If some literature student (in a non-Western ideology-soaked department) is looking for thesis material, Patrick O’Brian on the evils of democracy is it.
Here, only one snippet, from The Yellow Admiral, the 18th volume in the Aubrey-Maturin series (the best novel in the English language). The scene is between the two protagonists, who are discussing a successful attempt by Aubrey, as Lord of the Manor, to stop his beloved commons from being enclosed. The time is immediately before Napoleon’s first defeat.
(Only the last ellipsis is mine. I use the pound sign to demarcate the text, because a block quote is too long.)
‘Jack,’ said Stephen, ‘I have been contemplating on your words about the nature of the majority, your strangely violent, radical, and even — forgive me — democratic words, which, with their treasonable implication of ‘one man, one vote’, might be interpreted as an attack on the sacred rights of property; and I should like to know how you reconcile them with your support of a Tory ministry in the House.’
‘Oh, as for that,’ said Jack, ‘I have no difficulty at all. It is entirely a matter of scale and circumstance. Everyone knows that on a large scale democracy is pernicious nonsense — a country or even a county cannot be run by a self-seeking parcel of tub-thumping politicians working on popular emotion, rousing the mob. Even at Brooks’s, which is a hotbed of democracy, the place is in fact run by the managers and those that don’t like it may either do the other thing or join Boodle’s; while as for a man-of-war, it is either an autocracy or it is nothing, nothing at all — mere nonsense. You saw what happened to the poor French navy at the beginning of the Revolutionary War…’
‘Dear Jack, I do not suppose literal democracy in a ship of the line nor even in a little small row-boat. I know too much of the sea,’ added Stephen, not without complacency.
‘…while at the other end of the scale, although ‘one man, one vote’ certainly smells of brimstone and the gallows, everyone has always accepted it in a jury trying a man for his life. An inclosure belongs to this scale: it too decides men’s lives. I had not realized how thoroughly it does so until I came back from sea and found that Griffiths and some of his friends had persuaded my father to join with them in inclosing Woolcombe Common…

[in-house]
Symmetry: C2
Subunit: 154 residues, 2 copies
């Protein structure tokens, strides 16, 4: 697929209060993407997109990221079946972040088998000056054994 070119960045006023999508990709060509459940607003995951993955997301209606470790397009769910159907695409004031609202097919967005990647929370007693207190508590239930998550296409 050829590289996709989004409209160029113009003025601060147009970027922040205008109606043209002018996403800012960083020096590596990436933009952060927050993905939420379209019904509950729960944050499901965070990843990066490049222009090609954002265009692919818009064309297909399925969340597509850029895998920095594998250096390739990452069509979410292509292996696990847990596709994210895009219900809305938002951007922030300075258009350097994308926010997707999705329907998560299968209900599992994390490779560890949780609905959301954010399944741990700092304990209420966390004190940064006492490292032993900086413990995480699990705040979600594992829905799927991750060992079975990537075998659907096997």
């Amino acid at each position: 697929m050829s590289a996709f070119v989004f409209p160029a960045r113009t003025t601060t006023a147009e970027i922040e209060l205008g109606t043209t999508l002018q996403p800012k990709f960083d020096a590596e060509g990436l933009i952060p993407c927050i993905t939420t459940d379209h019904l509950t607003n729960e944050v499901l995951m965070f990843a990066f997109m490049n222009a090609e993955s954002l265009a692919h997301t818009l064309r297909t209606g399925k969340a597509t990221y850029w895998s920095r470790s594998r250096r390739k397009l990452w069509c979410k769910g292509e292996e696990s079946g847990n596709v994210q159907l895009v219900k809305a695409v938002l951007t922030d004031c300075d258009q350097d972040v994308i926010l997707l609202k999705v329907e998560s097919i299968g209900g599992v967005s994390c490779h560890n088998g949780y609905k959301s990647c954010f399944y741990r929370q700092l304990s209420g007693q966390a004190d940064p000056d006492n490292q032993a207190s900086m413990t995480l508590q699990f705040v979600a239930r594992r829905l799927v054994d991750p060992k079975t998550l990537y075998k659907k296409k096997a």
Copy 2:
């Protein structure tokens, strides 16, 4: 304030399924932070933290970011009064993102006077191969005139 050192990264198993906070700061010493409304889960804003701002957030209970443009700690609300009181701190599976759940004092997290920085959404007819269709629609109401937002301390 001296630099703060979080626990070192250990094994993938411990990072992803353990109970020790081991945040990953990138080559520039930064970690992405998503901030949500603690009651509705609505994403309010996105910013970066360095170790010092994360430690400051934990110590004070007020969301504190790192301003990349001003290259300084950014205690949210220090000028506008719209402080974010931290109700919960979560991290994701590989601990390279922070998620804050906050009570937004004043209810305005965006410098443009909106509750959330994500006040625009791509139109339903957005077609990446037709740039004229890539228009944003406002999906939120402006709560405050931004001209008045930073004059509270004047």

‘Stephen, I do assure you. I was brought up rough when I was a little chap, after my mother’s death, sometimes at the village school, sometimes running wild; and I knew these men intimately as boys, and now to see them at the mercy of landlords, farmers, and God help us parish officers for poor relief, hurts me so that I can scarcely bring myself to go there again. And I am determined the same thing shall not happen to Simmon’s Lea, if ever I can prevent it. The old ways had disadvantages, of course, but here — and I speak only of what I know — it was a human life, and the people knew its ways and customs through and through.
At the beginning of Napoleon’s adventures, his ships were run, not exactly on a communist line, but close to it. Authority along traditional—make that Traditional—lines was quickly restored.
Everybody does not know, though they used to, that “large scale democracy is pernicious nonsense — a country or even a county cannot be run by a self-seeking parcel of tub-thumping politicians working on popular emotion, rousing the mob.”
Nothing but praise of large-scale democracy is had—by those on the winning side. Losers charge the winners with “populism”. As if large-scale democracy is anything but populism. Have we not already seen in the recent Democrat (!) debates a contest who could give away the most “free” stuff?
That Trump, or even the guy with mysterious origins before him, has not declared himself—openly declared himself—Ceasar is the only puzzle to be solved. Well, perhaps we’re not there yet. But we will be, eventually. Large-scale democracy guarantees it. Even if it weren’t for all the other things (immigration, the Religion of Man, et cetera), all mobs eventually go mad. All voters, that is.
The distinction of interest is when democracy does make sense. Jury trials are meant to be, in theory, comprised of equals. When something approaching real equal holds, democracy can work. But equality only holds at the very small, in very constrained circumstances.
More of this is in my upcoming book! Well I hope it is upcoming. Two rejections thus far. We’ll see!
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